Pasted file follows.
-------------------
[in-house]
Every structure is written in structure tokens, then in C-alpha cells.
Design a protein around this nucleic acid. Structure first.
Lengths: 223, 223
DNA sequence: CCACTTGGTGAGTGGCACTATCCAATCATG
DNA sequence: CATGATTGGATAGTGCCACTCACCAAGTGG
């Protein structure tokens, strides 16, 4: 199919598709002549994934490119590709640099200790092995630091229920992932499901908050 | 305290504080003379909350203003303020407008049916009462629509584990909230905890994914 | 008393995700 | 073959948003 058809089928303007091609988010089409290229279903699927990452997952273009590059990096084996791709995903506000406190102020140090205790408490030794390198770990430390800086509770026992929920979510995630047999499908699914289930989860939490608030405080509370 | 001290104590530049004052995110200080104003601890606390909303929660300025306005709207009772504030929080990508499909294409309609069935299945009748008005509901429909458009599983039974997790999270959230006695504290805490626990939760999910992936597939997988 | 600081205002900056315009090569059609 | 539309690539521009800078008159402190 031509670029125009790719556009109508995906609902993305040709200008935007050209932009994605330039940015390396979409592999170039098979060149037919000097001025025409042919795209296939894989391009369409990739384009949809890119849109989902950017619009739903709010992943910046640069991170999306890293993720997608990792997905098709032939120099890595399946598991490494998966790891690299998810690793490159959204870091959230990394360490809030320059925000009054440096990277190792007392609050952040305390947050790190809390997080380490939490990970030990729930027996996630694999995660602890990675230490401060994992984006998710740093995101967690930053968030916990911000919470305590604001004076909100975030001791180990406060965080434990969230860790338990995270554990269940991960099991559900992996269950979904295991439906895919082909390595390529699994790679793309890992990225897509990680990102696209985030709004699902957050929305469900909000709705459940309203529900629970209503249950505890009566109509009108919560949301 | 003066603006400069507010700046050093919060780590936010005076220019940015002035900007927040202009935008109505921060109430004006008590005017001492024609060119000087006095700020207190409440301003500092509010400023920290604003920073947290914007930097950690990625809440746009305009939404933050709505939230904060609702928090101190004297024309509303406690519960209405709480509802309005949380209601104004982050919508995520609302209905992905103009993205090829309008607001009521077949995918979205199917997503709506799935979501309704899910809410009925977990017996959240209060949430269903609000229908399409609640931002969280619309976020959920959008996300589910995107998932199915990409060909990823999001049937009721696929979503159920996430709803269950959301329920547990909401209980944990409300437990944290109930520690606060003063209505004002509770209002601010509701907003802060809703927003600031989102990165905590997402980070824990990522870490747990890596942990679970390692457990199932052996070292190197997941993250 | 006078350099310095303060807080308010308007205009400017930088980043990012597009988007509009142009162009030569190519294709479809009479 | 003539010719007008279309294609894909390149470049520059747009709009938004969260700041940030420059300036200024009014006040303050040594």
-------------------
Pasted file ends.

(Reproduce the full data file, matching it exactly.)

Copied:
[in-house]
Every structure is written in structure tokens, then in C-alpha cells.
Design a protein around this nucleic acid. Structure first.
Lengths: 223, 223
DNA sequence: CCACTTGGTGAGTGGCACTATCCAATCATG
DNA sequence: CATGATTGGATAGTGCCACTCACCAAGTGG
């Protein structure tokens, strides 16, 4: 199919598709002549994934490119590709640099200790092995630091229920992932499901908050 | 305290504080003379909350203003303020407008049916009462629509584990909230905890994914 | 008393995700 | 073959948003 058809089928303007091609988010089409290229279903699927990452997952273009590059990096084996791709995903506000406190102020140090205790408490030794390198770990430390800086509770026992929920979510995630047999499908699914289930989860939490608030405080509370 | 001290104590530049004052995110200080104003601890606390909303929660300025306005709207009772504030929080990508499909294409309609069935299945009748008005509901429909458009599983039974997790999270959230006695504290805490626990939760999910992936597939997988 | 600081205002900056315009090569059609 | 539309690539521009800078008159402190 031509670029125009790719556009109508995906609902993305040709200008935007050209932009994605330039940015390396979409592999170039098979060149037919000097001025025409042919795209296939894989391009369409990739384009949809890119849109989902950017619009739903709010992943910046640069991170999306890293993720997608990792997905098709032939120099890595399946598991490494998966790891690299998810690793490159959204870091959230990394360490809030320059925000009054440096990277190792007392609050952040305390947050790190809390997080380490939490990970030990729930027996996630694999995660602890990675230490401060994992984006998710740093995101967690930053968030916990911000919470305590604001004076909100975030001791180990406060965080434990969230860790338990995270554990269940991960099991559900992996269950979904295991439906895919082909390595390529699994790679793309890992990225897509990680990102696209985030709004699902957050929305469900909000709705459940309203529900629970209503249950505890009566109509009108919560949301 | 003066603006400069507010700046050093919060780590936010005076220019940015002035900007927040202009935008109505921060109430004006008590005017001492024609060119000087006095700020207190409440301003500092509010400023920290604003920073947290914007930097950690990625809440746009305009939404933050709505939230904060609702928090101190004297024309509303406690519960209405709480509802309005949380209601104004982050919508995520609302209905992905103009993205090829309008607001009521077949995918979205199917997503709506799935979501309704899910809410009925977990017996959240209060949430269903609000229908399409609640931002969280619309976020959920959008996300589910995107998932199915990409060909990823999001049937009721696929979503159920996430709803269950959301329920547990909401209980944990409300437990944290109930520690606060003063209505004002509770209002601010509701907003802060809703927003600031989102990165905590997402980070824990990522870490747990890596942990679970390692457990199932052996070292190197997941993250 | 006078350099310095303060807080308010308007205009400017930088980043990012597009988007509009142009162009030569190519294709479809009479 | 003539010719007008279309294609894909390149470049520059747009709009938004969260700041940030420059300036200024009014006040303050040594």